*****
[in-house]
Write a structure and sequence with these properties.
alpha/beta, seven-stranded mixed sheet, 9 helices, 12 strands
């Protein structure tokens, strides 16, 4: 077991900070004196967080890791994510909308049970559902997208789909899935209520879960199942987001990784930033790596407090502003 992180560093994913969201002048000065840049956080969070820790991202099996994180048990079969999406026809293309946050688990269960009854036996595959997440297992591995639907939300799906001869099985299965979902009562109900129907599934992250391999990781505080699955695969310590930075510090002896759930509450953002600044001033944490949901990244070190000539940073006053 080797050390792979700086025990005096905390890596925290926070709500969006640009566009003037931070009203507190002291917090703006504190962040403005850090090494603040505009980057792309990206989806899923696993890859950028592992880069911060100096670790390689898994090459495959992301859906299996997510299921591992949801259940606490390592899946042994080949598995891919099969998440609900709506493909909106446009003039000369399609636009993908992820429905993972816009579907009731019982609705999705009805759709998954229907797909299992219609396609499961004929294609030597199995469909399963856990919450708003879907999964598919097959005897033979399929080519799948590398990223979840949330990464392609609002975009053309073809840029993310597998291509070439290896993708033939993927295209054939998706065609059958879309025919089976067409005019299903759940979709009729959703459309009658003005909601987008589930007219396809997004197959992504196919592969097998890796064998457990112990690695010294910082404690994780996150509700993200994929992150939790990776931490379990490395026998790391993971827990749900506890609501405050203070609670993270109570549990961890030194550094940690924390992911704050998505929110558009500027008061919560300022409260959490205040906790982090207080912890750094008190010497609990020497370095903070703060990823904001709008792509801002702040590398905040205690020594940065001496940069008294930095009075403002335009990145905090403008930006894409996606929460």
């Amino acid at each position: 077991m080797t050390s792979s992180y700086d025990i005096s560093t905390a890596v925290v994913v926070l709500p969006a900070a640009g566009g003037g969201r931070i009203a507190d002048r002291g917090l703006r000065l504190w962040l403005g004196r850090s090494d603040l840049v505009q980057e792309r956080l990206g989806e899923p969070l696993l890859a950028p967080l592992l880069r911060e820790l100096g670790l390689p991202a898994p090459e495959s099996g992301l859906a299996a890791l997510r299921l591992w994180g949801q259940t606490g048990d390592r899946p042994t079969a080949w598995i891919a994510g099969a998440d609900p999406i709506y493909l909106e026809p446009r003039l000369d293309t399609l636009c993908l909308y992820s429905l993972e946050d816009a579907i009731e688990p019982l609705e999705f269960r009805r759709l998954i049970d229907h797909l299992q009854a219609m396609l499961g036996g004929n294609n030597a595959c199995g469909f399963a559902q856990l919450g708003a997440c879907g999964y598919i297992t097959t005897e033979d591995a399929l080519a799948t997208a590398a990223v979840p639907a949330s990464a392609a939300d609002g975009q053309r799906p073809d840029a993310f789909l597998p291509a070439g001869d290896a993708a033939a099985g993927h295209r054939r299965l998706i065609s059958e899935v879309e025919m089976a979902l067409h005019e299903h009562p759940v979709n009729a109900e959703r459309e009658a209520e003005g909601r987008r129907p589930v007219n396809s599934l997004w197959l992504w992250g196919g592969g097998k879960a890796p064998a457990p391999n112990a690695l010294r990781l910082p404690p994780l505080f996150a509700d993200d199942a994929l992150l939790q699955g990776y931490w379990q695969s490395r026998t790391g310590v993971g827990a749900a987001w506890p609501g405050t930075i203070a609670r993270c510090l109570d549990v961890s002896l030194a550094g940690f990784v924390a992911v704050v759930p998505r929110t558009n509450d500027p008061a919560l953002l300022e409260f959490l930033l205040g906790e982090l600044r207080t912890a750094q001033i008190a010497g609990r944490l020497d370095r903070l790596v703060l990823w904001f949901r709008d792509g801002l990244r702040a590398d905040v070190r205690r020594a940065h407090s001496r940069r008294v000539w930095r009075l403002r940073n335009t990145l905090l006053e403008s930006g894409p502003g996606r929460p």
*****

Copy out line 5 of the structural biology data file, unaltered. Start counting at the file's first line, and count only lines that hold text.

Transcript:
């Amino acid at each position: 077991m080797t050390s792979s992180y700086d025990i005096s560093t905390a890596v925290v994913v926070l709500p969006a900070a640009g566009g003037g969201r931070i009203a507190d002048r002291g917090l703006r000065l504190w962040l403005g004196r850090s090494d603040l840049v505009q980057e792309r956080l990206g989806e899923p969070l696993l890859a950028p967080l592992l880069r911060e820790l100096g670790l390689p991202a898994p090459e495959s099996g992301l859906a299996a890791l997510r299921l591992w994180g949801q259940t606490g048990d390592r899946p042994t079969a080949w598995i891919a994510g099969a998440d609900p999406i709506y493909l909106e026809p446009r003039l000369d293309t399609l636009c993908l909308y992820s429905l993972e946050d816009a579907i009731e688990p019982l609705e999705f269960r009805r759709l998954i049970d229907h797909l299992q009854a219609m396609l499961g036996g004929n294609n030597a595959c199995g469909f399963a559902q856990l919450g708003a997440c879907g999964y598919i297992t097959t005897e033979d591995a399929l080519a799948t997208a590398a990223v979840p639907a949330s990464a392609a939300d609002g975009q053309r799906p073809d840029a993310f789909l597998p291509a070439g001869d290896a993708a033939a099985g993927h295209r054939r299965l998706i065609s059958e899935v879309e025919m089976a979902l067409h005019e299903h009562p759940v979709n009729a109900e959703r459309e009658a209520e003005g909601r987008r129907p589930v007219n396809s599934l997004w197959l992504w992250g196919g592969g097998k879960a890796p064998a457990p391999n112990a690695l010294r990781l910082p404690p994780l505080f996150a509700d993200d199942a994929l992150l939790q699955g990776y931490w379990q695969s490395r026998t790391g310590v993971g827990a749900a987001w506890p609501g405050t930075i203070a609670r993270c510090l109570d549990v961890s002896l030194a550094g940690f990784v924390a992911v704050v759930p998505r929110t558009n509450d500027p008061a919560l953002l300022e409260f959490l930033l205040g906790e982090l600044r207080t912890a750094q001033i008190a010497g609990r944490l020497d370095r903070l790596v703060l990823w904001f949901r709008d792509g801002l990244r702040a590398d905040v070190r205690r020594a940065h407090s001496r940069r008294v000539w930095r009075l403002r940073n335009t990145l905090l006053e403008s930006g894409p502003g996606r929460p």